Oh, and I forgot the parsley too. That was supposed to garnish the dinner plate along with everything else. As you can most likely see, I don’t adhere to recipes that well. I feel good about that, makes me smile. Especially since the meal totally didn’t suck.
Both Mama and I have been eating off this for 2 dinners worth. It’s apparently good enough to come back for seconds. This right here is a good sign. That being said, I think this dish would really shine if seafood were used. I mean, take a look at all the tomatoes and lemon juice that’s used. That’s fer seafood, foo. Still good though.
“E” is not Tiny! Let’s get that Straight!
“E” will be taller than you and all your relatives who rode in!
I concur with your recipe and ingredient proportions for this “Creole” sauce. Interestingly, lemon juice, sugar and a few other things you mention herein, are quite compatible with many meats, veggies and condiments.
I am glad you had the “Courage” to “Substitute” porky boy for shrimps. I do agree with you about shrimps…Lordy, Lordy, what time eaters they are!
Wow! You have proven a kind of cross reference theory!
I made shrimp, andouille, and chicken gumbo the other night. I’ll get a post up this afternoon or tomorrow. But how could you forget celery? Repeat after me: Creole Holy Trinity, Creole Holy Trinity, Creole Holy Trinity…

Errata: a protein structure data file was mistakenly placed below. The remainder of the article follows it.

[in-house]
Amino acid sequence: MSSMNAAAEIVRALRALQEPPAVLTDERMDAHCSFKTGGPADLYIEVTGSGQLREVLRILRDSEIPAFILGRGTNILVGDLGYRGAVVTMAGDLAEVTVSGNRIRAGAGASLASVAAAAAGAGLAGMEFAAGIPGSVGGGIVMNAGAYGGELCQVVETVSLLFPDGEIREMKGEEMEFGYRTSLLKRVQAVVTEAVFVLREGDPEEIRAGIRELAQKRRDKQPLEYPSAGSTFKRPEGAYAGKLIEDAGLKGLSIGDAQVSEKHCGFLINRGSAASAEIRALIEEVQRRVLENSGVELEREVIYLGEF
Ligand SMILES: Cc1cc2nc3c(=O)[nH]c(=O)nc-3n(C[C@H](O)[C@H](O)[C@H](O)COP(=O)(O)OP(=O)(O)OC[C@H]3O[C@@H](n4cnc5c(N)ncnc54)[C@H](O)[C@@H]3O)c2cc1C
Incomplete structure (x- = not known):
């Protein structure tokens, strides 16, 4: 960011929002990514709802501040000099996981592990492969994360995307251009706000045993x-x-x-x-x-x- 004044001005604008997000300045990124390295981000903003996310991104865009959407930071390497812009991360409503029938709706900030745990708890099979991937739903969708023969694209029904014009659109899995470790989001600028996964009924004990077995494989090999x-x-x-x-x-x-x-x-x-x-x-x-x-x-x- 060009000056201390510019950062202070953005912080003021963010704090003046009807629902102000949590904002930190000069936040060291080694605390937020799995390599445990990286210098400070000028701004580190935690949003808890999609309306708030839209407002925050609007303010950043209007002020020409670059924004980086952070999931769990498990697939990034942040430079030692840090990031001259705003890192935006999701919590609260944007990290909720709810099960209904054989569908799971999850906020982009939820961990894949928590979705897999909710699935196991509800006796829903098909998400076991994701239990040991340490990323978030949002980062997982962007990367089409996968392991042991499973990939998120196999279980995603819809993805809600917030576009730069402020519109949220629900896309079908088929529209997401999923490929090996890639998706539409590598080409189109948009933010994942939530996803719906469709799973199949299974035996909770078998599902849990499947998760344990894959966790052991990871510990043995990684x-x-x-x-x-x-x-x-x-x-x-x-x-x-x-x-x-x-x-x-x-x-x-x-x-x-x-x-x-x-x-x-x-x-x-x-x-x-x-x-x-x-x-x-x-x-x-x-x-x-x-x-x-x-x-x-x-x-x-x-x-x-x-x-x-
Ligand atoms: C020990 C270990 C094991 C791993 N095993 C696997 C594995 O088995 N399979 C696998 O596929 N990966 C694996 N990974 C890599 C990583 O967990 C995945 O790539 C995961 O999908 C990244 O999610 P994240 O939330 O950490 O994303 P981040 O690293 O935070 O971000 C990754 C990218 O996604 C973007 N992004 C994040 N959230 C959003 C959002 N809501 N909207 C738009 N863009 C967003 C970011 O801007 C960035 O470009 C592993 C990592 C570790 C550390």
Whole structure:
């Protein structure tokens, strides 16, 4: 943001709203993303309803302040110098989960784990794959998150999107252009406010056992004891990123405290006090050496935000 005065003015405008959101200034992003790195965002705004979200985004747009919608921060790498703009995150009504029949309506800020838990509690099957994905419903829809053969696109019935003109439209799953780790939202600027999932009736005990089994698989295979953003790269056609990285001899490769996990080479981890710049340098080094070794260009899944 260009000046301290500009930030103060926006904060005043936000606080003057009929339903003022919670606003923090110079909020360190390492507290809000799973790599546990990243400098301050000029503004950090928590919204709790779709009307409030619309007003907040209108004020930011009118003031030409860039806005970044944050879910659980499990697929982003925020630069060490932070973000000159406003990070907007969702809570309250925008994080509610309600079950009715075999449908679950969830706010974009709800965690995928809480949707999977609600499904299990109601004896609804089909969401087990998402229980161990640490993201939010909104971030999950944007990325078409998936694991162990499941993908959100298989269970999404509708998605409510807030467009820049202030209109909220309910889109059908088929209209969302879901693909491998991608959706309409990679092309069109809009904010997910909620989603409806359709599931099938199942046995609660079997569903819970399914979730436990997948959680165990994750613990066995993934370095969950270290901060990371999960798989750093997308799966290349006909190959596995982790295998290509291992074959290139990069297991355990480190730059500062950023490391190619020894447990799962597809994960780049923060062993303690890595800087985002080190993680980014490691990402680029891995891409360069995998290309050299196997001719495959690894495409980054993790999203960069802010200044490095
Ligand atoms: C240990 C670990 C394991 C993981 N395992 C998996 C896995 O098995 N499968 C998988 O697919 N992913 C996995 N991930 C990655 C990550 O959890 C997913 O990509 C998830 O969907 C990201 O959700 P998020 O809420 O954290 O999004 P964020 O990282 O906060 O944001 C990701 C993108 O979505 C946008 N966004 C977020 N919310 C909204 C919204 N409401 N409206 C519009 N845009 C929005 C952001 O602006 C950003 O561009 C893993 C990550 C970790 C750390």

Thanks and we most certainly did chow down, yes.
I know man! But you should have seen my mind, I could SEE the celery in the crisper. I just KNEW it was there! I mean, we always have celery, always. It’s like garlic & onions, always have. Nope.
I did Chuck’s gumbo a handful of years ago, it’s on Meathenge somewheres. Man that was good stuff!
Hey there. I like Chuck’s recipes – I made his gumbo z’herbes a couple of times – that’s a LOT of greens in that. But I agree with ditching the ketchup and lets be honest – I have never ever followed a recipe 100% exactamente. It sounds like you hit the nail right on with your substitutions though.
Totally agree, Mr. Taggart’s ways and means is good. Although, I have to say there are many times you have to read between the lines. It isn’t a complete tomb, good though.